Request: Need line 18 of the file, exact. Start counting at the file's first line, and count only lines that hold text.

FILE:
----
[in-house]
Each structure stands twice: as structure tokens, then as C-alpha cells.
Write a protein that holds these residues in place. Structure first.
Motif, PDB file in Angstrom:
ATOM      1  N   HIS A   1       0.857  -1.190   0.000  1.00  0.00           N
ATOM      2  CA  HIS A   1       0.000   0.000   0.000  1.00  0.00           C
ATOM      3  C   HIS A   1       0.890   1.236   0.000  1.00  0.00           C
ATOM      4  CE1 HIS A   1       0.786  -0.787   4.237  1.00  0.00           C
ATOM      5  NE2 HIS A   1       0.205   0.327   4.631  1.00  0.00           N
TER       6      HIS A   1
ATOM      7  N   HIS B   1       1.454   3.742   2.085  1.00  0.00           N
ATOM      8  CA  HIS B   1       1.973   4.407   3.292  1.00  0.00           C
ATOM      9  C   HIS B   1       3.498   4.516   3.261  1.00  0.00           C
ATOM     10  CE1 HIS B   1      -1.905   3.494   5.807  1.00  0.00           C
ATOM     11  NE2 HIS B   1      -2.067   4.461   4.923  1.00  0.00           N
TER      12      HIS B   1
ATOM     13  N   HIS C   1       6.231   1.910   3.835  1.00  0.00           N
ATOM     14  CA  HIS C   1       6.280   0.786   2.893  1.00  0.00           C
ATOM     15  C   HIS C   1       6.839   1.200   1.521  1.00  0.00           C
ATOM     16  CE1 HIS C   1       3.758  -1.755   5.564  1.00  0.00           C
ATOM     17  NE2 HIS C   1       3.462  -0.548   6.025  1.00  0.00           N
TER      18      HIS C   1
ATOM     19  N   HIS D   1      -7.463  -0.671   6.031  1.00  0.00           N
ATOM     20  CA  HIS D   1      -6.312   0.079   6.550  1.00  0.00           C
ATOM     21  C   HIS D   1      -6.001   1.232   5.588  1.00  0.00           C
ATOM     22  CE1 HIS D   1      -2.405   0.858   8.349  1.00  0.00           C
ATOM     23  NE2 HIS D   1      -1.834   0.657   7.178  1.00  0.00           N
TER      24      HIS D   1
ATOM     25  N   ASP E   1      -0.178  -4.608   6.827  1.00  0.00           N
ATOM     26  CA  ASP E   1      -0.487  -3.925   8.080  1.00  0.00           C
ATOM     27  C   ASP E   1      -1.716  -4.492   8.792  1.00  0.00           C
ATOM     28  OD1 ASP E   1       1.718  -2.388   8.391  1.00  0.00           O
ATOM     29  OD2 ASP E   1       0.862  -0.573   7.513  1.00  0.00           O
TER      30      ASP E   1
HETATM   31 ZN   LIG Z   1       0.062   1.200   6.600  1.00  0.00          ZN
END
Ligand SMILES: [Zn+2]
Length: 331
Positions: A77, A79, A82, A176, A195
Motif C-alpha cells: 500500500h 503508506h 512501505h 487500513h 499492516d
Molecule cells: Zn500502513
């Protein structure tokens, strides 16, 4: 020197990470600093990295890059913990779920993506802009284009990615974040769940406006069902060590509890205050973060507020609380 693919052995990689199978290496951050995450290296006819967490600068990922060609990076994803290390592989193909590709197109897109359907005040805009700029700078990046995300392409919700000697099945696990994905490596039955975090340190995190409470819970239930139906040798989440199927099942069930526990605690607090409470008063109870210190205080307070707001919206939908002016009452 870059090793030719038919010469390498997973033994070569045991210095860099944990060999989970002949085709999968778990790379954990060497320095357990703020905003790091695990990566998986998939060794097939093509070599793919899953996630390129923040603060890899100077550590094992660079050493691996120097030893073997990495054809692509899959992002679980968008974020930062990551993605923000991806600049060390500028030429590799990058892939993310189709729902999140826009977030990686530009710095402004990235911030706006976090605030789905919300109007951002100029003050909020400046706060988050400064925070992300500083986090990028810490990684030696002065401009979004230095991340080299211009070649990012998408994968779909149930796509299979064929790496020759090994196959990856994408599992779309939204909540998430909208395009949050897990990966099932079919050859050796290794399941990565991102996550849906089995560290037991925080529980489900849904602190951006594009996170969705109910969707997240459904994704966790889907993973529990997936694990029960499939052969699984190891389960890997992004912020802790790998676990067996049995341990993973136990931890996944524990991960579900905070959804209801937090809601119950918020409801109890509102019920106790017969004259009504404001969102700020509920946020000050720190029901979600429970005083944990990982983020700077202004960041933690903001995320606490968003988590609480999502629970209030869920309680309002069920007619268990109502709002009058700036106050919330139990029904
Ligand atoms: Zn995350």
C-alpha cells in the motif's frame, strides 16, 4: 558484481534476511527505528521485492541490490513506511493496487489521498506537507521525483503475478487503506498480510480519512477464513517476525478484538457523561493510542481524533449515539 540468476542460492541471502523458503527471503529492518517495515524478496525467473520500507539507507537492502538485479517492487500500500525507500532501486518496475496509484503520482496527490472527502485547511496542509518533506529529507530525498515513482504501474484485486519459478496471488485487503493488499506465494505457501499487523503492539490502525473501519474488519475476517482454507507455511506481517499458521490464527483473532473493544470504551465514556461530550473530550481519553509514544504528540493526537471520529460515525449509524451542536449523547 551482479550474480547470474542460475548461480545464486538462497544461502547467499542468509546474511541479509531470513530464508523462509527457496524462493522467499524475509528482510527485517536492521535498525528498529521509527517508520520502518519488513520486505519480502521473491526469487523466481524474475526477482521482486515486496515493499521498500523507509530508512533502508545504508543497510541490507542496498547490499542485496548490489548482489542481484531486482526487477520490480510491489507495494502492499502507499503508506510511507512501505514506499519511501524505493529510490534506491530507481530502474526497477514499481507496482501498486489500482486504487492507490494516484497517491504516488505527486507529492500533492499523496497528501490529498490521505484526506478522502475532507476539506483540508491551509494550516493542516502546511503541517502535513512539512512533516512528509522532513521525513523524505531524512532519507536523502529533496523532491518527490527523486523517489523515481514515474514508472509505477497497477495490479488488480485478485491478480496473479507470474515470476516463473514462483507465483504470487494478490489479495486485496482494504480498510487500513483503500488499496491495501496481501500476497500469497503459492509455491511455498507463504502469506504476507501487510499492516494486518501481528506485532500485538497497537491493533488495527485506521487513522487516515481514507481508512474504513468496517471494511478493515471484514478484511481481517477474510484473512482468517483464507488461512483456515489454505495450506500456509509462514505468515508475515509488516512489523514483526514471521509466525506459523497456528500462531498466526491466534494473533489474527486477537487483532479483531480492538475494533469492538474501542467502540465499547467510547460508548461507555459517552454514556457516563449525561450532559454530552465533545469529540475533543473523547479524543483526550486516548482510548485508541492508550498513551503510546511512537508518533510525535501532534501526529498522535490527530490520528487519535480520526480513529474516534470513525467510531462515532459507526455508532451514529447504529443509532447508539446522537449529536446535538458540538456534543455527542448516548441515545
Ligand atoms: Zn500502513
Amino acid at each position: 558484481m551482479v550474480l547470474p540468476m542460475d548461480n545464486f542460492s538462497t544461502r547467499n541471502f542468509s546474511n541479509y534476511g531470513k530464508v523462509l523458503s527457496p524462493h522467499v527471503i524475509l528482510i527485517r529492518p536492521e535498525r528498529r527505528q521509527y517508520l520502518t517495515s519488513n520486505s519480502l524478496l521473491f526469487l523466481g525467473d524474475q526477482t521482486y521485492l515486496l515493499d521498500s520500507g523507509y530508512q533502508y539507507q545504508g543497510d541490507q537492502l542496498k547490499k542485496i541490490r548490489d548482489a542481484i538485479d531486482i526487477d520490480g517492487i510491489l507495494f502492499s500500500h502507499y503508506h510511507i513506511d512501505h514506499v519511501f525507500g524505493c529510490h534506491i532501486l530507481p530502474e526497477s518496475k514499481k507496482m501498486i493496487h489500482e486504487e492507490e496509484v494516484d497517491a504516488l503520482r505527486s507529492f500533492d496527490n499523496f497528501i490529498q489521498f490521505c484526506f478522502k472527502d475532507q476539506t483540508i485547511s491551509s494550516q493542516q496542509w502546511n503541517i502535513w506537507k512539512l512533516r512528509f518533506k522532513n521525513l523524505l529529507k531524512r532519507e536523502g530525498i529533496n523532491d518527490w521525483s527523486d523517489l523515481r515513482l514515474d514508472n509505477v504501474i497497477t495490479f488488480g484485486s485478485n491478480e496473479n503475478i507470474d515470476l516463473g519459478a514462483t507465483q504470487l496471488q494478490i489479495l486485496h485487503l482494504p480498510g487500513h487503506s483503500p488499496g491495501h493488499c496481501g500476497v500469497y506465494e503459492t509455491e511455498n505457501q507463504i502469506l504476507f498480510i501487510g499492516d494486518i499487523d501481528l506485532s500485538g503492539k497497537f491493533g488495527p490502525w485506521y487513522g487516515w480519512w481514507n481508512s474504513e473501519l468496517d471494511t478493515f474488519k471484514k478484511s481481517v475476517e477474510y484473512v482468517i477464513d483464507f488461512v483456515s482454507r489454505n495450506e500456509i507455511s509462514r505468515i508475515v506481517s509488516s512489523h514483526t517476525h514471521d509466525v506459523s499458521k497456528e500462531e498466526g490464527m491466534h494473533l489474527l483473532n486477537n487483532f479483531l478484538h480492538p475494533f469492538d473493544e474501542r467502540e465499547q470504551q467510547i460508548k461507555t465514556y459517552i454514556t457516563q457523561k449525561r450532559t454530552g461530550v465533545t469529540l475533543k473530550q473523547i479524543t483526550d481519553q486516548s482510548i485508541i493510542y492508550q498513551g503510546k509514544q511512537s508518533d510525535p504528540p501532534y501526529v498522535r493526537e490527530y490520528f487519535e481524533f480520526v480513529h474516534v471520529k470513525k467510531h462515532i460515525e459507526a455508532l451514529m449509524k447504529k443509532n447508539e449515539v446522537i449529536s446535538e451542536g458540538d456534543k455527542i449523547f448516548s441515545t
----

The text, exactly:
ATOM     14  CA  HIS C   1       6.280   0.786   2.893  1.00  0.00           C